The first technology to become available on the desktop was fused deposition modeling (FDM). 3D printers that melt and selectively deposit plastic became truly affordable to consumers, but their capabilities remained limited. The surge of excitement quickly plunged into a trough of disillusionment, and the dream that 3D printers would become essential tools in every home never materialized.
Away from the frothy consumer 3D printing market, however, additive manufacturing technologies continued to advance rapidly. Printers aimed at professionals for use in engineering, prototyping, and manufacturing began to cross critical thresholds in print quality, reliability, and cost structure.
The second technology to appear in a more affordable, compact, and easy-to-use format was stereolithography (SLA). In 2013, the Formlabs Form 1 brought high-resolution 3D printing—previously available only in 3D printers costing more than $80,000—to the professional market at $3,300. Offering a wide variety of functional materials, the technology expanded the use of 3D printing within product design and engineering, as well as in the dental and jewelry industries.
The third wave of 3D printing techniques to arrive on the desktop (or, more accurately, the benchtop) is based on selective laser sintering (SLS), which has been an essential technology for industrial users. Unlike other desktop additive manufacturing processes, SLS creates exceptionally robust parts from thermoplastics such as nylon that are nearly as strong as their injection-molded counterparts. Unfused powder supports workpieces, which facilitates part packing for a higher throughput, and allows for a less labor- intensive post-processing workflow.
Until three years ago the least expensive SLS printers cost around $200,000 (and the largest industrial systems as much as several million dollars). Benchtop SLS printers that produce nylon parts are now becoming available in the $10,000 range, making the technology much more accessible and lowering production cost significantly when equipment ownership is taken into account. Benchtop SLS has the potential to expand beyond rapid prototyping and reach into the domain of end-use parts.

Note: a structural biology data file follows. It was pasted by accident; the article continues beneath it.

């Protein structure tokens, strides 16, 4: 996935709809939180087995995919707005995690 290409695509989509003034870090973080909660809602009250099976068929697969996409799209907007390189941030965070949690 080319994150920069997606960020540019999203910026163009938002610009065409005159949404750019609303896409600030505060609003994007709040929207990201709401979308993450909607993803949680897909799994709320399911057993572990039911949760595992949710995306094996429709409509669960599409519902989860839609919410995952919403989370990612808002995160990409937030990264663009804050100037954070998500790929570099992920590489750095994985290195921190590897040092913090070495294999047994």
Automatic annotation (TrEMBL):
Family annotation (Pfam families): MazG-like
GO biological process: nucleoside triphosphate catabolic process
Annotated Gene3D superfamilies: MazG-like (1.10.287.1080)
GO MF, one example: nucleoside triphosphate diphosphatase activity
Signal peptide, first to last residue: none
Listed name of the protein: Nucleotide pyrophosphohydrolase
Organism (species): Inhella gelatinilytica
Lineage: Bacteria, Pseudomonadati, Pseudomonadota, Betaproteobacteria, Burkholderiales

The three most common plastic 3D printing technologies. Fused deposition modeling (FDM) 3D printers build parts by melting and extruding thermoplastic filament. Stereolithography (SLA) cures liquid resin with a laser. Selective laser sintering (SLS) uses a high-powered laser to fuse small particles of polymer powder.
Metal 3D Printing
Metals have always floated at the top of the additive manufacturing market, and investment in the metal 3D printing market has grown tremendously in the last several years.
Metal 3D printing offers the allure of exceptionally high-performance parts made from steel, titanium, nickel alloys, and aluminum with exotic geometries for demanding, high-value industries like aerospace and medical devices. These industries are able to take full advantage of 3D printing in fabricating metal parts—in particular generatively-designed, highly latticed parts and other complex geometries that decrease material needs and part weight.
The most common traditional metal additive processes are selective laser melting (SLM) and direct metal laser sintering (DMLS). Just like plastic SLS, these processes create objects from thin layers of powdered material by selectively melting it using a heat source. But given the higher melting point of metals, they require much more powerful lasers and an industrial environment.
Until very recently, the extraordinary cost and complexity of these metal 3D printers has made them impractical outside a somewhat narrow range of high-value, low-volume applications. DMLS and SLM metal printers start at $400,000 and go well beyond $1,000,000, and they require highly skilled operators and carefully controlled environments. Unlike plastic SLS prints, laser-sintered metal parts require support structures. Post-processing is labor-intensive, and some parts need further machining steps to meet final requirements.